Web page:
The origin of most materials properties is rooted in the atomic scale. A detailed microscopic understanding of the physics and chemistry is thus mandatory for successful computational materials engineering. The MedeA computational environment provides a very efficient tool to perform atomistic simulations to predict materials properties from the fundamental interactions effective at the nanoscale. Nevertheless, many interactions and processes occur at much larger time and length scales, that need to be studied with microscale and macroscale models, as exemplified by the multiphase field tool MICRESS. The predictive power of these larger scale models can be greatly increased by augmenting them with atomistic simulation data. The notion of per phase-properties including their anisotropies provides e.g. the key for the determination of effective properties of multiphase materials. The key goal of the present work is to demonstrate the interoperability between atomistic and larger scale models using a data centric approach, in which the “interface” is provided by means of a standardized data structure based on the hierarchical data format HDF5. The example HDF5 file created in Ref. , describing a three phase Al-Cu microstructure, is taken and extended to include atomistic simulation data of the Al-Cu phases, e.g., heats of formation, elastic properties, interfacial energies etc. This is pursued with special attention on using metadata to increase transparency and reproducibility of the data provided by the atomistic simulation tool MedeA.  Georg Schmitz et al., Sci. Technol. Adv. Mater. 17 (2016) 411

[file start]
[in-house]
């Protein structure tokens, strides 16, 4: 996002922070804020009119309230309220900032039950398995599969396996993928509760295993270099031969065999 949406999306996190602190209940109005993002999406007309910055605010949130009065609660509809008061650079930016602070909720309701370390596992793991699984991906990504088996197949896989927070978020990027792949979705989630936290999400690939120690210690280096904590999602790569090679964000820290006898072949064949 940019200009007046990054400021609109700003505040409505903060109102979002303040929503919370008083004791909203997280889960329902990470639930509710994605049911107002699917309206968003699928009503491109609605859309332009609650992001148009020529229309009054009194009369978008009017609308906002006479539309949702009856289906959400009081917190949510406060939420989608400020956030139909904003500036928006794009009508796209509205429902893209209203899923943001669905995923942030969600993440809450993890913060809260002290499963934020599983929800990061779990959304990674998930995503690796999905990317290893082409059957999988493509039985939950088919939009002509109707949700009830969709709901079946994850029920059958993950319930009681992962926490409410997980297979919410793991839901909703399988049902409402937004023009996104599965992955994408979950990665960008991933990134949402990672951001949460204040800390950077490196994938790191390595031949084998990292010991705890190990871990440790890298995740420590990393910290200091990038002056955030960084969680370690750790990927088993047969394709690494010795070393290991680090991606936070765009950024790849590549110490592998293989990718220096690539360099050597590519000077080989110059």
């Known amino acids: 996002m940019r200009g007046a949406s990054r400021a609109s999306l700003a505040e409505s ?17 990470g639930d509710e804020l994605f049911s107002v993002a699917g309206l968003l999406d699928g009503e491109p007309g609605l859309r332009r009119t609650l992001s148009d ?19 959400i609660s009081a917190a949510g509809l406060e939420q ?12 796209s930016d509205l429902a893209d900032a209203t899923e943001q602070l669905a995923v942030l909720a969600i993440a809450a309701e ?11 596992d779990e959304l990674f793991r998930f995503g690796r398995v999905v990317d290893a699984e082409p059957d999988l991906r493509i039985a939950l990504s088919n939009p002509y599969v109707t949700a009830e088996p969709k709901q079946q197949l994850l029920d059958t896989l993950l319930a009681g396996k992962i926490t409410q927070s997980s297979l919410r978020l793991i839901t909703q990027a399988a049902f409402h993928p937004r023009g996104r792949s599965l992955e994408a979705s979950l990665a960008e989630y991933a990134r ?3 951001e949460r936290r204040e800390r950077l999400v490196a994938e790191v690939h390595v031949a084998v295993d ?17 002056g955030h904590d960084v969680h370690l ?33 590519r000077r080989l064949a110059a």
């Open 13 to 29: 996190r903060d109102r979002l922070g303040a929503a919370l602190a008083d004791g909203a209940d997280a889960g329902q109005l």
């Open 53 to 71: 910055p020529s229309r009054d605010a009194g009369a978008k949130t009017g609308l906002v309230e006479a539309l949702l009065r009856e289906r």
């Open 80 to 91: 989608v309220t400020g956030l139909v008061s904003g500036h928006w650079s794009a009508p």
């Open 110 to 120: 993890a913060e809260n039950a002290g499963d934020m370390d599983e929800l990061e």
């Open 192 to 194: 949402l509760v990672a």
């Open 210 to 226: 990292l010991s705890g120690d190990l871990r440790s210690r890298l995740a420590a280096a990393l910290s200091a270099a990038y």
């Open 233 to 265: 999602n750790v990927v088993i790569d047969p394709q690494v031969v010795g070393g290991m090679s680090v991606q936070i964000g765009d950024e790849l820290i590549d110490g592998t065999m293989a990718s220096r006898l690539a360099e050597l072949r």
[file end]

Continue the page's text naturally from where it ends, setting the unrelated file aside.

A Flowchart Scheme for Information Retrieval in ICME settings: Georg J. Schmitz1; 1Micress/Aachen